Returning to the studioEdit
Gallagher confirmed that he would be returning to the studio in August 2010 to record drums for an unnamed artist, later confirmed to be Paul Weller. He also denied rumours that he would be the Best Man for Russell Brand's marriage to Katy Perry. In August, it was mentioned on a UK Music blog, Sourmash Music, that Gallagher had been working with Liverpool group the Sand Band. Lead singer David McDonnell has been co-writing with Gallagher and are looking to collaborate on future solo projects together.
On 24 November 2010, Miles Kane revealed that Gallagher sang on a track from his debut solo album titled My Fantasy. Kane also revealed that he will appear on Gallagher's forthcoming album, playing guitar.
On 10 February 2011, Gallagher stated he had "not even started" his first solo record, despite Liam rumouring that he 'swiped' material from the Dig Out Your Soul sessions. "I am not recording new stuff, not just yet," he said to Talksport. "It'll be out when it's finished I guess. Well I've not even started it, so I don't know."
Noel Gallagher's High Flying BirdsEdit
Noel Gallagher's High Flying Birds released a self-titled album on 17 October 2011; a collaboration album with Amorphous Androgynous was to be released in 2012 but has now been shelved indefinitely. He began touring in Dublin on 23 October 2011. The touring band announced for Noel Gallagher's High Flying Birds comprised David McDonnell (guitar), Russell Pritchard (bass), Mikey Rowe (keyboards) and Jeremy Stacey (drums); McDonnell left during rehearsals and was replaced before the tour with Tim Smith who had played with Rowe and Stacey previously. On 20 July 2011, Gallagher released a 47-second trailer of his first single "The Death of You and Me". The video for the debut single was released on 25 July at 8:21 am (GMT).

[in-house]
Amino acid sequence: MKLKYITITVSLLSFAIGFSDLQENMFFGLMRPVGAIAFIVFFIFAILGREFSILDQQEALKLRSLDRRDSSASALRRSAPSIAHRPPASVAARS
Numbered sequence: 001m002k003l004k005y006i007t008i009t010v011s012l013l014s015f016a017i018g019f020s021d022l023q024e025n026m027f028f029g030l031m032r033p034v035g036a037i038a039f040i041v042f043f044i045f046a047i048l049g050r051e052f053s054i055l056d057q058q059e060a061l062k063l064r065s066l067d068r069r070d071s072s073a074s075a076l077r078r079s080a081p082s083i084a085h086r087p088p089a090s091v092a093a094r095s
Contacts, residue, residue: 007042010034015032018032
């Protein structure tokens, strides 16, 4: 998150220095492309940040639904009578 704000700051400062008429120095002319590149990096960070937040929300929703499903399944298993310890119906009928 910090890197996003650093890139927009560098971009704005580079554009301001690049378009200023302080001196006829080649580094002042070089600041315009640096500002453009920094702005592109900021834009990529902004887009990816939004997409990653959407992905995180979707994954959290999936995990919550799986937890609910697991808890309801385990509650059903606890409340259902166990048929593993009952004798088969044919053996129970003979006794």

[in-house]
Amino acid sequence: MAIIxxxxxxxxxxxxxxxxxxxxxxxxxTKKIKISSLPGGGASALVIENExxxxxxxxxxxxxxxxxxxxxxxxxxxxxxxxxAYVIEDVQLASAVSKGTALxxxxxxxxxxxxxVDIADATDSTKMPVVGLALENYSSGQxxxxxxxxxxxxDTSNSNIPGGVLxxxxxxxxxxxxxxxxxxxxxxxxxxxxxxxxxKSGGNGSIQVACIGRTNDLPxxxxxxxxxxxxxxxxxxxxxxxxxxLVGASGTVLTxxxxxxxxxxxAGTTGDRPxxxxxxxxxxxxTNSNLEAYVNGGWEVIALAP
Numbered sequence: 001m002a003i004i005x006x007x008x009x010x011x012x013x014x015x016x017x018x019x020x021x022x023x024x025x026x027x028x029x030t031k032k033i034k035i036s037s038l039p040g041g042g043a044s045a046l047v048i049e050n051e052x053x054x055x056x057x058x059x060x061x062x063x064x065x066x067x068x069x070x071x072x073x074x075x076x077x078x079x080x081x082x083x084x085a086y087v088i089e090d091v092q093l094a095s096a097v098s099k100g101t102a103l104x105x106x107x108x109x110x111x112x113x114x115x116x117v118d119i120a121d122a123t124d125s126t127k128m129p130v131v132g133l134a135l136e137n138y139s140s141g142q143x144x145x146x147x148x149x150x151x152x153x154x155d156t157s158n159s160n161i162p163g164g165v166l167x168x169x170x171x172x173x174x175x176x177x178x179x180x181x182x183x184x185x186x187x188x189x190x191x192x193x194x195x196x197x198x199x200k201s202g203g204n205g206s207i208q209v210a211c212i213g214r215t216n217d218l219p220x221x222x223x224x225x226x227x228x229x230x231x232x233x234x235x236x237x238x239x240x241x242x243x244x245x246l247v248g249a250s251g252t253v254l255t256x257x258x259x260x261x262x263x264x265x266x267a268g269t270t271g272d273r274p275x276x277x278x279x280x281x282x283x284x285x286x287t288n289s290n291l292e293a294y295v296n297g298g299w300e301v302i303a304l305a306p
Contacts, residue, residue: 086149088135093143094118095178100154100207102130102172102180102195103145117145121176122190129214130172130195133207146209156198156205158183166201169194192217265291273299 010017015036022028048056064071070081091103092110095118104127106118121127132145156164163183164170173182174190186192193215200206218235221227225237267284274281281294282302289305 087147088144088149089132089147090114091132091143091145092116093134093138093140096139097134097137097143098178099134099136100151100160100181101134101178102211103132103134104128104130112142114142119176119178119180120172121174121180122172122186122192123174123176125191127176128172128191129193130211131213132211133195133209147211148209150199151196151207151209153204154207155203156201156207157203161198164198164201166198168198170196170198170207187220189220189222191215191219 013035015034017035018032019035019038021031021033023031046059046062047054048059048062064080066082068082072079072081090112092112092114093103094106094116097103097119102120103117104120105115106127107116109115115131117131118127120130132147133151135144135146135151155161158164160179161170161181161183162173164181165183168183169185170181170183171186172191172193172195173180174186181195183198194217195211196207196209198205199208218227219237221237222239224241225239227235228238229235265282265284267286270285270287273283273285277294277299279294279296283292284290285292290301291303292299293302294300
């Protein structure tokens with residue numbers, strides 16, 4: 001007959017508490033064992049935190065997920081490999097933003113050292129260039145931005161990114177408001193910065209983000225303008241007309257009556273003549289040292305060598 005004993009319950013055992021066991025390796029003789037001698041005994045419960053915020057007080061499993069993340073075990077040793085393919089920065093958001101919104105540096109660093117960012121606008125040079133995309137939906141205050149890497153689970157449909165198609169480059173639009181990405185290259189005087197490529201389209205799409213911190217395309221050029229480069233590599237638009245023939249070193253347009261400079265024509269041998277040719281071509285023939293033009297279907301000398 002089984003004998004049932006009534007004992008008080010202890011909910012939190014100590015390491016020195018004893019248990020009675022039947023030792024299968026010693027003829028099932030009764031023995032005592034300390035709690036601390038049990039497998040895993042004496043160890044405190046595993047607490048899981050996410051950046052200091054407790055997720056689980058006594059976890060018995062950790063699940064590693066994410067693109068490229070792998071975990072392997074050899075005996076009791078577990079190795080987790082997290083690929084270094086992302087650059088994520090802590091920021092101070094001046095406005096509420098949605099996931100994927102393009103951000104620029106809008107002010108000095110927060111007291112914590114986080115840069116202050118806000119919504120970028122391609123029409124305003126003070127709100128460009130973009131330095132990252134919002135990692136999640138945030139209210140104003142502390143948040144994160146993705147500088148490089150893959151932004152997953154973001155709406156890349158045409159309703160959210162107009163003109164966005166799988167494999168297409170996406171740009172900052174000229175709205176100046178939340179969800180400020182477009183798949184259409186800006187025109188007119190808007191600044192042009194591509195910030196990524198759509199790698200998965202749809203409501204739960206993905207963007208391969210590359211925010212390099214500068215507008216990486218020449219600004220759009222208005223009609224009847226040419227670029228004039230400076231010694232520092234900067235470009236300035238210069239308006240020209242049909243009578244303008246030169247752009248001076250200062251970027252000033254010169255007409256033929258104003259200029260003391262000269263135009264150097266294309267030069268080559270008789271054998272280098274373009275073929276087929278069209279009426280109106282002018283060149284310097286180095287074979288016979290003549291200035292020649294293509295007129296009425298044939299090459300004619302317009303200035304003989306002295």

In 2016 Gallagher co-wrote "Birth of an Accidental Hipster" with Paul Weller for the Monkees.
On 9 September 2017, Gallagher along with his band, served as the headline act of "We Are Manchester," a benefit concert to mark the reopening of Manchester Arena (following a terrorist attack there in May).